Other Views: Pipeline protest must end
Fargo—Patience among law enforcement personnel and the people of North Dakota is running thin over the Standing Rock Sioux Tribe's pipeline protest in Morton County. The rule of law has been trampled by the protesters and their illegal encampments on federal and private lands near the Dakota Access Pipeline corridor. Authorities have exercised remarkable restraint in avoiding confrontations, in effect allowing illegal activity to continue. Other than making arrests of individuals who are nabbed engaging in felony vandalism, the illegal protest encampments—where the vandals come from—are getting a pass. For now.
It's got to end. Two federal courts have denied a request from the tribe for an injunction to stop construction on the crude-oil line. The reaction from the tribe and protesters is they will not abide by the courts' rulings. What, then, was the point of the tribe seeking an injunction from the federal court if protest leaders intended to ignore the court if the ruling went against them? Would they have objected if civil authorities ignored a court order that supported the tribe? The tribe's double standard is yet another erosion of the rule of law.
Further complicating the situation is the Obama administration's complicity in undermining the federal courts by ordering federal agencies to call a halt to construction. The signal sent by effectively ignoring a decision that has been confirmed by two federal courts suggests a political agenda, not adherence to the law of the land.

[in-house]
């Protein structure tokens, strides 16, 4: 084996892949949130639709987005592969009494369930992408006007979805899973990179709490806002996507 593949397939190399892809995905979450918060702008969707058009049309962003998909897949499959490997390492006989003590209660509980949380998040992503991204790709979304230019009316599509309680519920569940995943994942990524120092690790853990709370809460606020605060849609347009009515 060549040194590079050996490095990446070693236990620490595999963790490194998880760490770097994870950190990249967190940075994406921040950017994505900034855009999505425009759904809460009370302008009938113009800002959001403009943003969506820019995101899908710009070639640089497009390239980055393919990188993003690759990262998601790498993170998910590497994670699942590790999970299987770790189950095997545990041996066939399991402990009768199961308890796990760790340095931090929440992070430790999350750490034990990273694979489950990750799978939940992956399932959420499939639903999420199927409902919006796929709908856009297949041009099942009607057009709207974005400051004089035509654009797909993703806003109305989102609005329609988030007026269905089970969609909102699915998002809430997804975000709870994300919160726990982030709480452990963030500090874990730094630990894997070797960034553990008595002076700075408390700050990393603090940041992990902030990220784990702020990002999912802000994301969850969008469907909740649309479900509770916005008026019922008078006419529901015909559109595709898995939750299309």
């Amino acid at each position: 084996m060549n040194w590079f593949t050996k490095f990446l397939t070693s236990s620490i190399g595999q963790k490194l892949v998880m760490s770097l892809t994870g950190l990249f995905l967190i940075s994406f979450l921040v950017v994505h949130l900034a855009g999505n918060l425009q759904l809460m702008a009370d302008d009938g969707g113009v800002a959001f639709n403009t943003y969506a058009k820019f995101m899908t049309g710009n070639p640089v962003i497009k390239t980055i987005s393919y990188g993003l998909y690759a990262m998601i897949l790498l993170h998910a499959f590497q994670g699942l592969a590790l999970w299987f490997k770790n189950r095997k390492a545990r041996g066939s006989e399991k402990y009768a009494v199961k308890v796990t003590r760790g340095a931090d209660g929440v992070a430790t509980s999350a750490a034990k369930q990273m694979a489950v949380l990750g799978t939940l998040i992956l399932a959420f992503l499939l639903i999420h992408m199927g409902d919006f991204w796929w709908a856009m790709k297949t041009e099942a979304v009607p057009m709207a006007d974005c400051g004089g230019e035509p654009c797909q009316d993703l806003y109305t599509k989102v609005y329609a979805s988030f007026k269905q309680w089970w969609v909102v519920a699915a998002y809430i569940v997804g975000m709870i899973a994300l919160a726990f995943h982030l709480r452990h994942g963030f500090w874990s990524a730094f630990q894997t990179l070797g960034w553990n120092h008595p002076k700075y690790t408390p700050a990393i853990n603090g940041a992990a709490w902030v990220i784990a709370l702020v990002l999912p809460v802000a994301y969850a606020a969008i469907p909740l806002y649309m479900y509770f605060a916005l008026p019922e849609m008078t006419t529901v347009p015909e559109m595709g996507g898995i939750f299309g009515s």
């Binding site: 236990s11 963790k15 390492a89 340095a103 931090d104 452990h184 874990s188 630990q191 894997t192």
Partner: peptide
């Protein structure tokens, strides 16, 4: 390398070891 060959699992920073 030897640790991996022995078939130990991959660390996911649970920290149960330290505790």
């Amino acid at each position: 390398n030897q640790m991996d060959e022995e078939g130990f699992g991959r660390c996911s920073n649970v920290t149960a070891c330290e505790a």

The pipeline construction company said after the latest court rulings that construction on a segment of the pipeline will restart. Citing the rule of law, the company said it intended to go to work. The reaction from the encampment was that protesters will engage in nonviolent activities to stop work. Given what's occurred the last few weeks, it is hard to believe that "nonviolent" actions will be the protesters modus operandi.
Finally, local families who are caught up in the protests do not see the encampments and associated criminal activities as peaceful. They have been harassed on roadways by masked protesters on horseback, they are fearful about getting their kids to schools, they have seen ranchers' fences torn down and private roads blocked, and private property rights violated.
It's got to stop, and it will take more than local and state authorities to stop it. The federal government, by virtue of federal court rulings and the wrongheaded interference by the U.S. Justice Department, has a clear obligation to force a resolution.